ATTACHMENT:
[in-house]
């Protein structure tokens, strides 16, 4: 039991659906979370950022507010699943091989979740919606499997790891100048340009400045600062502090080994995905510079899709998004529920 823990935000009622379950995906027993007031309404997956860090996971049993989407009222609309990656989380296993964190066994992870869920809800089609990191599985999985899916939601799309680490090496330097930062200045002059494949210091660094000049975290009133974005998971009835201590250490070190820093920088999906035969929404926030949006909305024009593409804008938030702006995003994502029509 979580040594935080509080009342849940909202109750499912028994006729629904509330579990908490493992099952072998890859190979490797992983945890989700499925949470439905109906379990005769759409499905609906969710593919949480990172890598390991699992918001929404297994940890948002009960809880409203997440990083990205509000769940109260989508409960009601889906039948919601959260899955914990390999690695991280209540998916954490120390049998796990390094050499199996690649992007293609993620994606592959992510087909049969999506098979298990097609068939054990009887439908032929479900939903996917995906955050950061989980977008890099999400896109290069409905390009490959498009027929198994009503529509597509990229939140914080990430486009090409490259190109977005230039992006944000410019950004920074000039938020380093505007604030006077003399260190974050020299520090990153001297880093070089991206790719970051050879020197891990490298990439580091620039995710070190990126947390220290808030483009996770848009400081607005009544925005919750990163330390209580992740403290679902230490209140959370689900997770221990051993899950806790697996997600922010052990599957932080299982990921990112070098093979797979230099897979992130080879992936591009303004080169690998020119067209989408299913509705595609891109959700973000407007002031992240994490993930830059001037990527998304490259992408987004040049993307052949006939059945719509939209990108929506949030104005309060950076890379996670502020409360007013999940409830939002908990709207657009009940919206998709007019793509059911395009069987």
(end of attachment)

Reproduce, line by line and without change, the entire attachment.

[in-house]
């Protein structure tokens, strides 16, 4: 039991659906979370950022507010699943091989979740919606499997790891100048340009400045600062502090080994995905510079899709998004529920 823990935000009622379950995906027993007031309404997956860090996971049993989407009222609309990656989380296993964190066994992870869920809800089609990191599985999985899916939601799309680490090496330097930062200045002059494949210091660094000049975290009133974005998971009835201590250490070190820093920088999906035969929404926030949006909305024009593409804008938030702006995003994502029509 979580040594935080509080009342849940909202109750499912028994006729629904509330579990908490493992099952072998890859190979490797992983945890989700499925949470439905109906379990005769759409499905609906969710593919949480990172890598390991699992918001929404297994940890948002009960809880409203997440990083990205509000769940109260989508409960009601889906039948919601959260899955914990390999690695991280209540998916954490120390049998796990390094050499199996690649992007293609993620994606592959992510087909049969999506098979298990097609068939054990009887439908032929479900939903996917995906955050950061989980977008890099999400896109290069409905390009490959498009027929198994009503529509597509990229939140914080990430486009090409490259190109977005230039992006944000410019950004920074000039938020380093505007604030006077003399260190974050020299520090990153001297880093070089991206790719970051050879020197891990490298990439580091620039995710070190990126947390220290808030483009996770848009400081607005009544925005919750990163330390209580992740403290679902230490209140959370689900997770221990051993899950806790697996997600922010052990599957932080299982990921990112070098093979797979230099897979992130080879992936591009303004080169690998020119067209989408299913509705595609891109959700973000407007002031992240994490993930830059001037990527998304490259992408987004040049993307052949006939059945719509939209990108929506949030104005309060950076890379996670502020409360007013999940409830939002908990709207657009009940919206998709007019793509059911395009069987």